Home Americas USMC wraps up Harrier support with final airframe delivery

USMC wraps up Harrier support with final airframe delivery

Harrier support
Team members from Fleet Readiness Center East’s AV-8B production line stand in front of the last AV-8B Harrier to undergo Planned Maintenance Interval (PMI) inspection for Marine Attack Squadron (VMA) 542 aboard Marine Corps Air Station Cherry Point. Photo: US Navy

The AV-8B Harrier program at Fleet Readiness Center East (FRCE), North Carolina, delivered the final aircraft it will service for one of the Marine Corps’ last Harrier squadrons as the type readies for retirement.

In September, Marine Attack Squadron 542 (VMA-542) at Marine Corps Air Station Cherry Point took possession of the newly refurbished AV-8B Harrier, which had been undergoing overhaul work at FRCE since December 2020.

FRCE has performed 45 of these events for the squadron since the program’s inception in 2003; however, VMA-542 is slated to become Cherry Point’s first F-35 squadron and, as a result, has no more depot maintenance scheduled for its AV-8B Harriers.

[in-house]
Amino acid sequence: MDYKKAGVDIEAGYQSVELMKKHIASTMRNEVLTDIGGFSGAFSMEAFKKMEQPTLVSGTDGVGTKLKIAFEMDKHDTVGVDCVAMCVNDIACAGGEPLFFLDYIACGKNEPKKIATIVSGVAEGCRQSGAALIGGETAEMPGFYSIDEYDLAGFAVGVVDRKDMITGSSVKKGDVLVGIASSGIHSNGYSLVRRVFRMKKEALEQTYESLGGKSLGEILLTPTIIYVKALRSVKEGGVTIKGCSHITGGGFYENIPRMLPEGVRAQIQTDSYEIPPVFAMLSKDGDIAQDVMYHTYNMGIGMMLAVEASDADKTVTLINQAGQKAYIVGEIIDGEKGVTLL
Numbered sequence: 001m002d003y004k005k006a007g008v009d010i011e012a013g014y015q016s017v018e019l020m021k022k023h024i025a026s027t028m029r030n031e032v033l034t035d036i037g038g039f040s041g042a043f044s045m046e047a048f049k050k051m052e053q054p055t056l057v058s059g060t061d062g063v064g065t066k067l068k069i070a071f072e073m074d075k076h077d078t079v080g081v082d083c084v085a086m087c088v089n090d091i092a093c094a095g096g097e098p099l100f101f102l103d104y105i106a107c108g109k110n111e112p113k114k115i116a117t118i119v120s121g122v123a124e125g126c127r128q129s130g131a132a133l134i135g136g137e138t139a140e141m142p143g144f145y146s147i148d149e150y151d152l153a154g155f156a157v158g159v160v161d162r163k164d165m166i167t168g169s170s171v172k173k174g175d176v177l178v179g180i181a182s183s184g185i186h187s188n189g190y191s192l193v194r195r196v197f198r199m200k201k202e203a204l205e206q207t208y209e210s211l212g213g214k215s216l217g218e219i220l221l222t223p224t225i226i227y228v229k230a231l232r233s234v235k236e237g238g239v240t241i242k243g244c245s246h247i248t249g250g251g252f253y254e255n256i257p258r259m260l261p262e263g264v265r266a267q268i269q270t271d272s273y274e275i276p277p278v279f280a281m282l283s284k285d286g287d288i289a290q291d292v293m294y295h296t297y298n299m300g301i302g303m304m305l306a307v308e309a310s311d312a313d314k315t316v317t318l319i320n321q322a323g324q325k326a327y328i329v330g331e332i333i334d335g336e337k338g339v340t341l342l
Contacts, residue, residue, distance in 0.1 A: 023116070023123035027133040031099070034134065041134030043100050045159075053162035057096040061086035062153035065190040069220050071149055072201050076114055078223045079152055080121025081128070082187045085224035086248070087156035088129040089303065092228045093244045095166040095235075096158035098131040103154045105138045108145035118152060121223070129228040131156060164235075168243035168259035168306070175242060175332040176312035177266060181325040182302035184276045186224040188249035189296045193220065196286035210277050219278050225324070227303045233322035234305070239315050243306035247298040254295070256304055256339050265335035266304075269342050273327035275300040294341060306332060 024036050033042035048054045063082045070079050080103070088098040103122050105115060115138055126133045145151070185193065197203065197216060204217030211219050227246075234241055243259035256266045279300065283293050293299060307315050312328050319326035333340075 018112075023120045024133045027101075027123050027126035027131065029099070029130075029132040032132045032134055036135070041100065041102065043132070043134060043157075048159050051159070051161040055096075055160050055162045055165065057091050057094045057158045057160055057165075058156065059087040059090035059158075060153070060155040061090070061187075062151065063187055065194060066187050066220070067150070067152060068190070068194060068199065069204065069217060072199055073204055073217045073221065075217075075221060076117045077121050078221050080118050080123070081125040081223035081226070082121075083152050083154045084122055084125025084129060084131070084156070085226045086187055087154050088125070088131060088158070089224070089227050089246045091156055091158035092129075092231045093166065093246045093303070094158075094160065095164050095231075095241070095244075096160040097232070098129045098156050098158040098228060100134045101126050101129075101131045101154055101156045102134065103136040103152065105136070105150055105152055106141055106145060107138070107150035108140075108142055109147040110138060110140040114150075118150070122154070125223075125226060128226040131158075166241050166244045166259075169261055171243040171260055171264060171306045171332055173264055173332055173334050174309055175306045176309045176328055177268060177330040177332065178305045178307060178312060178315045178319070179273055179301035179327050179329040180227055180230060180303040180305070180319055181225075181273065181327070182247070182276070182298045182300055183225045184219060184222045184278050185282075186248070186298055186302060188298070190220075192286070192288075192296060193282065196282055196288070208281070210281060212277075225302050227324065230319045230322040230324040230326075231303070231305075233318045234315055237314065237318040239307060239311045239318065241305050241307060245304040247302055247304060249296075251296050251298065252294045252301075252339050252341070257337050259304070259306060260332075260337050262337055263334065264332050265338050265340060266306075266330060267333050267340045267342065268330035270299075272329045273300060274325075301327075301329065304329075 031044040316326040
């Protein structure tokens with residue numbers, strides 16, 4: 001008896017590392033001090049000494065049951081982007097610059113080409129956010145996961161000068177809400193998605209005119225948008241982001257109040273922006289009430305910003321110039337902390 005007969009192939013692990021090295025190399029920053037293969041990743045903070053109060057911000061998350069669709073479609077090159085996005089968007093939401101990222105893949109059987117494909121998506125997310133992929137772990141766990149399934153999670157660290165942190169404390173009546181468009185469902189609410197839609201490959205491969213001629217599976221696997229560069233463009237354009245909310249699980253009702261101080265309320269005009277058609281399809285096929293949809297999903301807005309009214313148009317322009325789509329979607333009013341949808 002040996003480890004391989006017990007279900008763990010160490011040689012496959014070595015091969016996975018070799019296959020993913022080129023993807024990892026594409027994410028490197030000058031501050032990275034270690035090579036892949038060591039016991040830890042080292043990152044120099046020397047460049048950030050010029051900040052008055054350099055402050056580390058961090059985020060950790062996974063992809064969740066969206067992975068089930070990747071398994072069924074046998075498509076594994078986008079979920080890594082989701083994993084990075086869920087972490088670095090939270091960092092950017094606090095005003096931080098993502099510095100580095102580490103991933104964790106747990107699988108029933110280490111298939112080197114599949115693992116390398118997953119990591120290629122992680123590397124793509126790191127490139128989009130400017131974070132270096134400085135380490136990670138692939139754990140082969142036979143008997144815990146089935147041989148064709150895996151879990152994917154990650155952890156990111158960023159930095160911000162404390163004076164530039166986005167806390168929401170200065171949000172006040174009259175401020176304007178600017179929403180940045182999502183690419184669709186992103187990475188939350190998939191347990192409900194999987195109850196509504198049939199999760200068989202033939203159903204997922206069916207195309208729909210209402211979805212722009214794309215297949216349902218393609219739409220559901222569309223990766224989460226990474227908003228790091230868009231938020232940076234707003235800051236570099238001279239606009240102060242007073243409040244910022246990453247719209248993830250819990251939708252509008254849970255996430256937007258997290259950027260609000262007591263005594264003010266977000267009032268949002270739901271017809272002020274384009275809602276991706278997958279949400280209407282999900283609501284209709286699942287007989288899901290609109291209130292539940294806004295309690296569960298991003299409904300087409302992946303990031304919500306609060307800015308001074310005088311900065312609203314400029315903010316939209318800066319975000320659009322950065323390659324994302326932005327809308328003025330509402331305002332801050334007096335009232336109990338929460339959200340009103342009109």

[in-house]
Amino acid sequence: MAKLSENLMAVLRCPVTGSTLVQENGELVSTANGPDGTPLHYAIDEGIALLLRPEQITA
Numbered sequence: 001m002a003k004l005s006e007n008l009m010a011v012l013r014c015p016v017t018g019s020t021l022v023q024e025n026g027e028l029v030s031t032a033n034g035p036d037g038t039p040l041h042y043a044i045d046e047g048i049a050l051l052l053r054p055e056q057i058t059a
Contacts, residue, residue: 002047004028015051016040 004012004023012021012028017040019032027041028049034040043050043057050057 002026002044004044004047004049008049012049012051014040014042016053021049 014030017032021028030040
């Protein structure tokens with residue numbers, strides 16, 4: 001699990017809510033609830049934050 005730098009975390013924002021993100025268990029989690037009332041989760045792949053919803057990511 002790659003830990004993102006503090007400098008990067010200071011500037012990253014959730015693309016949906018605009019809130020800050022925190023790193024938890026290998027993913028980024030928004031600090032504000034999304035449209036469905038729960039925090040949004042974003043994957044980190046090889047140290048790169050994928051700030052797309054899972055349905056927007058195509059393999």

Many of the production line’s maintainers have spent their careers associated with the AV-8B Harrier program at FRCE. They say it is bittersweet to watch as the aircraft is being replaced by the more advanced technology of the F-35.

“You’ve got a lot of blood, sweat and tears invested in the airplane, but you also understand that it’s time to move on,” said Ike Rettenmair, FRCE Fixed Wing Division director, whose Harrier experience dates back to his Marine Corps service. “There’s better technology out there with the F-35. It’s time, but it’s still kind of sad to see.”

Before the Planned Maintenance Interval (PMI) inspection, the squadron disassembles the aircraft and turns it over to FRCE. Aviation maintenance professionals inspect the aircraft and repair the discrepancies they find, which accounts for about 5,300 hours of work, according to Rettenmair. After the PMI-D phase is complete, the aircraft enters the IMP assembly phase, during which FRCE artisans reassemble the aircraft, ground check it, and release it to the squadron for the aircraft’s functional check flight. FRCE is scheduled to continue performing PMI-D inspections for the Marine Corps’ two remaining AV-8B squadrons through 2028.

FRCE is North Carolina’s largest maintenance, repair, overhaul and technical services provider, with more than 4,000 civilian, military and contract workers. Its annual revenue exceeds $1 billion. The depot provides service to the fleet while functioning as an integral part of the greater US Navy; Naval Air Systems Command; and Commander, Fleet Readiness Centers.